Binghamton, Circa 1905 | #tbt

Today’s vintage throw-back Thursday photo shows the intersection of Court Street and Chenango Street as they would have appeared around 1905 from the perspective of courthouse square. The Binghamton Press building, built 1904, can be seen in the background and the Broome County Soldiers & Sailors Monument, erected 1888, dominates the foreground. A local firm designed the 49-foot granite monument and renowned architect Isaac Perry was a consultant on the project. In the decades following the Civil War similar types of moments were constructed in towns and cities across the Southern Tier and Northern Pennsylvania. Learn more about the monument here.

Creamery Visit, Circa 1902 | #tbt

Prior to advancements in transportation and cold storage, small local creameries dotted the landscape of Upstate New York. These creameries collected and processed local dairy products and distributed cream, butter, cheese, and milk to residents daily. In this photograph taken in 1902, Inah and Inas wait patiently for their turn at the H.A. Niles Creamery in Maine, NY. Photograph courtesy of the Broome County Historical Society

Flood Rescue | #tbt

On July 7, 1935, the skies north of the Southern Tier opened up, dumping more than eleven inches of rain in some areas. The event caused widespread flooding and was one of the worst natural disasters in the history of the Southern Tier.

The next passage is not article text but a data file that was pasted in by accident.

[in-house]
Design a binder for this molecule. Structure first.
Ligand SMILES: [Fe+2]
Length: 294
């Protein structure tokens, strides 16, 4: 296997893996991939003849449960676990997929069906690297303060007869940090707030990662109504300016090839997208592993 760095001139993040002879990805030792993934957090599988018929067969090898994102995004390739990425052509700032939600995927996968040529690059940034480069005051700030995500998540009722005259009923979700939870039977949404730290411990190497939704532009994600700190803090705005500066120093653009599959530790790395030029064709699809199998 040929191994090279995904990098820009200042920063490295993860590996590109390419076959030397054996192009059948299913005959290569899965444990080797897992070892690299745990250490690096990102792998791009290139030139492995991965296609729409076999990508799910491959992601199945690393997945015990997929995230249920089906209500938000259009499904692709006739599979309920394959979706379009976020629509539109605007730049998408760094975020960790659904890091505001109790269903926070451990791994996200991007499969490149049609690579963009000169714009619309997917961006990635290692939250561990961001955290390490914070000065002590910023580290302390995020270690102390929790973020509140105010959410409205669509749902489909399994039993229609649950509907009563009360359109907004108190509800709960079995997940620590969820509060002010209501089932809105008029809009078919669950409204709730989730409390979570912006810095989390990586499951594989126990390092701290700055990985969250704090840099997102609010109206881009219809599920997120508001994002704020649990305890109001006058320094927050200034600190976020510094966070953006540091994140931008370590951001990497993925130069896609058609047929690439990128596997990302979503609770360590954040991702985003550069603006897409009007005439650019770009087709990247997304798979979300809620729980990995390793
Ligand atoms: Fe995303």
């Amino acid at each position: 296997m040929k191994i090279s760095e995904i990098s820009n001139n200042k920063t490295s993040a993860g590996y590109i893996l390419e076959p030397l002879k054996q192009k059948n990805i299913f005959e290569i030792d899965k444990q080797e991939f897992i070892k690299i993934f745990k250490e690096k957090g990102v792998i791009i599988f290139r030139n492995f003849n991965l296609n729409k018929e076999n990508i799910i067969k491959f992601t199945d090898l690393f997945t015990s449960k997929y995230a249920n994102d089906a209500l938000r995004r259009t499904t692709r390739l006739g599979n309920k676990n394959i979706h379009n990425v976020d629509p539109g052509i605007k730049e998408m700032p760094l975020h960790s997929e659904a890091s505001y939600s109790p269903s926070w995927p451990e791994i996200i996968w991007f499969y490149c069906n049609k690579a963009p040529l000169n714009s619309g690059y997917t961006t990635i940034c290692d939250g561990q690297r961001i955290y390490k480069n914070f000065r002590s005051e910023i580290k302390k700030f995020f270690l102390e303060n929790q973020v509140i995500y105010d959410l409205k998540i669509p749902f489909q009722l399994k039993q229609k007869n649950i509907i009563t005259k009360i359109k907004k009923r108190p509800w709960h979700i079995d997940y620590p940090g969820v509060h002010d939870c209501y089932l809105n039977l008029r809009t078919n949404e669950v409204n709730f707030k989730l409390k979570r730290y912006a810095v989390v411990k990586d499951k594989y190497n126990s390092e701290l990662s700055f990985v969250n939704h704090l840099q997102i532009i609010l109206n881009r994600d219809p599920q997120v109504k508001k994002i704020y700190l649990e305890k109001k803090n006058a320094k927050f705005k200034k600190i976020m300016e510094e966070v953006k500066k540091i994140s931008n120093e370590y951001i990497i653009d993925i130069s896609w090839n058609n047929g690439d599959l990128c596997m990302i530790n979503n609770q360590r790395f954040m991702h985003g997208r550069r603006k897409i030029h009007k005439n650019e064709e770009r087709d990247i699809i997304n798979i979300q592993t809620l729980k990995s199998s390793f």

Lily Lake Picnic | #tbt

Some early picnickers enjoy a meal near Lily Lake in what would become Chenango Valley State Park. The state park was created in the 1930’s and many of the park’s trails and amenities were built by workers of the Civilian Conservation Corps as part of the New Deal program. Today, the park is still a great place to enjoy a picnic. Learn more about Chenango Valley State Park in our Uniquely New York video series:

Tony's Polka Band, Show One

WSKG’s locally produced Let’s Polka is a half hour of toe-tapping fun for the whole family. Join host Bill Flynn and our studio audience for a great time featuring polka music and dancing. This episode features Tony’s Polka Band from Albany, New York. Tony Banewicz has been playing polkas since he was a teenager in his grandmother’s band and he leads this eclectic seven piece group to the Let’s Polka stage. Featuring guitars, horns, and of course, accordion, Tony’s Polka Band has something for every lover of polka music.